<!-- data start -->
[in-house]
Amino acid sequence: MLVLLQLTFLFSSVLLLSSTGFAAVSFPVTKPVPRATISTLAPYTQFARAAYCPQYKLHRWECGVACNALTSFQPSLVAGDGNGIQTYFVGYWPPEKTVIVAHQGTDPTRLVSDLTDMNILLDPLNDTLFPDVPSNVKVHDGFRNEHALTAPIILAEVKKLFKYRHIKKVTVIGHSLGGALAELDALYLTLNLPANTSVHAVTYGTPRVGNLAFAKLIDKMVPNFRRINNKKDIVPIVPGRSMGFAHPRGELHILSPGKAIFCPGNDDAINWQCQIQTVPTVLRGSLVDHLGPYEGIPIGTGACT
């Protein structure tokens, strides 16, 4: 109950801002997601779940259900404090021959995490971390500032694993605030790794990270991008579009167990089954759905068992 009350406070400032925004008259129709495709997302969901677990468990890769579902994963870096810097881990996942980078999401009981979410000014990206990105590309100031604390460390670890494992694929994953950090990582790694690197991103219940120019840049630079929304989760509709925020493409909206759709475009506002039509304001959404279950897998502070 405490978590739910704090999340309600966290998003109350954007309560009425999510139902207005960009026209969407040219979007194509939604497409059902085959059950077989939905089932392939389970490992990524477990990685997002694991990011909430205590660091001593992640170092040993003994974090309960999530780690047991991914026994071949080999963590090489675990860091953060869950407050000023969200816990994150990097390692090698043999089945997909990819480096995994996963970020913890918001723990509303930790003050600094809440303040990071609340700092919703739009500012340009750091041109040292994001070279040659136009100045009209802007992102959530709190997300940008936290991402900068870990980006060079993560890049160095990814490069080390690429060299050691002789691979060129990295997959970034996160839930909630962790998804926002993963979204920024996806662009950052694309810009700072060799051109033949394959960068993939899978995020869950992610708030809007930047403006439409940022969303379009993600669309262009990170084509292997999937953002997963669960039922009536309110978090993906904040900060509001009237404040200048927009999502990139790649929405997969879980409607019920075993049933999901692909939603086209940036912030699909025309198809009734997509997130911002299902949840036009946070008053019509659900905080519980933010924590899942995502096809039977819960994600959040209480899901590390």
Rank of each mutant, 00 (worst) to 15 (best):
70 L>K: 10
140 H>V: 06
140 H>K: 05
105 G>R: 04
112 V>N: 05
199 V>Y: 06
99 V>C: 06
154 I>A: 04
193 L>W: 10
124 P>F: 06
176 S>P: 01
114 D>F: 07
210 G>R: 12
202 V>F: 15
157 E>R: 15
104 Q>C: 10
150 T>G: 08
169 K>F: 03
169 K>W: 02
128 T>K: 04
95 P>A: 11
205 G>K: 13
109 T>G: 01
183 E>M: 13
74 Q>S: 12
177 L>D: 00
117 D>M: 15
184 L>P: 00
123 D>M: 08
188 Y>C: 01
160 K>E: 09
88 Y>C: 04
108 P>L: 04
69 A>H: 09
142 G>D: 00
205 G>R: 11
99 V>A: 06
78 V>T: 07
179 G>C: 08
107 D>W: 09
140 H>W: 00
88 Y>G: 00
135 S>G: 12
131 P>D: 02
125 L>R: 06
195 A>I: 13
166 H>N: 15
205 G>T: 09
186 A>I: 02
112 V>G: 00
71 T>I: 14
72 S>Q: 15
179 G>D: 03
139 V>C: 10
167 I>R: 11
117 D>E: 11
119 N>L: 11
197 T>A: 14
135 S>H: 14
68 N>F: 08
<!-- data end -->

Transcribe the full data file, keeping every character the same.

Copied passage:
[in-house]
Amino acid sequence: MLVLLQLTFLFSSVLLLSSTGFAAVSFPVTKPVPRATISTLAPYTQFARAAYCPQYKLHRWECGVACNALTSFQPSLVAGDGNGIQTYFVGYWPPEKTVIVAHQGTDPTRLVSDLTDMNILLDPLNDTLFPDVPSNVKVHDGFRNEHALTAPIILAEVKKLFKYRHIKKVTVIGHSLGGALAELDALYLTLNLPANTSVHAVTYGTPRVGNLAFAKLIDKMVPNFRRINNKKDIVPIVPGRSMGFAHPRGELHILSPGKAIFCPGNDDAINWQCQIQTVPTVLRGSLVDHLGPYEGIPIGTGACT
């Protein structure tokens, strides 16, 4: 109950801002997601779940259900404090021959995490971390500032694993605030790794990270991008579009167990089954759905068992 009350406070400032925004008259129709495709997302969901677990468990890769579902994963870096810097881990996942980078999401009981979410000014990206990105590309100031604390460390670890494992694929994953950090990582790694690197991103219940120019840049630079929304989760509709925020493409909206759709475009506002039509304001959404279950897998502070 405490978590739910704090999340309600966290998003109350954007309560009425999510139902207005960009026209969407040219979007194509939604497409059902085959059950077989939905089932392939389970490992990524477990990685997002694991990011909430205590660091001593992640170092040993003994974090309960999530780690047991991914026994071949080999963590090489675990860091953060869950407050000023969200816990994150990097390692090698043999089945997909990819480096995994996963970020913890918001723990509303930790003050600094809440303040990071609340700092919703739009500012340009750091041109040292994001070279040659136009100045009209802007992102959530709190997300940008936290991402900068870990980006060079993560890049160095990814490069080390690429060299050691002789691979060129990295997959970034996160839930909630962790998804926002993963979204920024996806662009950052694309810009700072060799051109033949394959960068993939899978995020869950992610708030809007930047403006439409940022969303379009993600669309262009990170084509292997999937953002997963669960039922009536309110978090993906904040900060509001009237404040200048927009999502990139790649929405997969879980409607019920075993049933999901692909939603086209940036912030699909025309198809009734997509997130911002299902949840036009946070008053019509659900905080519980933010924590899942995502096809039977819960994600959040209480899901590390």
Rank of each mutant, 00 (worst) to 15 (best):
70 L>K: 10
140 H>V: 06
140 H>K: 05
105 G>R: 04
112 V>N: 05
199 V>Y: 06
99 V>C: 06
154 I>A: 04
193 L>W: 10
124 P>F: 06
176 S>P: 01
114 D>F: 07
210 G>R: 12
202 V>F: 15
157 E>R: 15
104 Q>C: 10
150 T>G: 08
169 K>F: 03
169 K>W: 02
128 T>K: 04
95 P>A: 11
205 G>K: 13
109 T>G: 01
183 E>M: 13
74 Q>S: 12
177 L>D: 00
117 D>M: 15
184 L>P: 00
123 D>M: 08
188 Y>C: 01
160 K>E: 09
88 Y>C: 04
108 P>L: 04
69 A>H: 09
142 G>D: 00
205 G>R: 11
99 V>A: 06
78 V>T: 07
179 G>C: 08
107 D>W: 09
140 H>W: 00
88 Y>G: 00
135 S>G: 12
131 P>D: 02
125 L>R: 06
195 A>I: 13
166 H>N: 15
205 G>T: 09
186 A>I: 02
112 V>G: 00
71 T>I: 14
72 S>Q: 15
179 G>D: 03
139 V>C: 10
167 I>R: 11
117 D>E: 11
119 N>L: 11
197 T>A: 14
135 S>H: 14
68 N>F: 08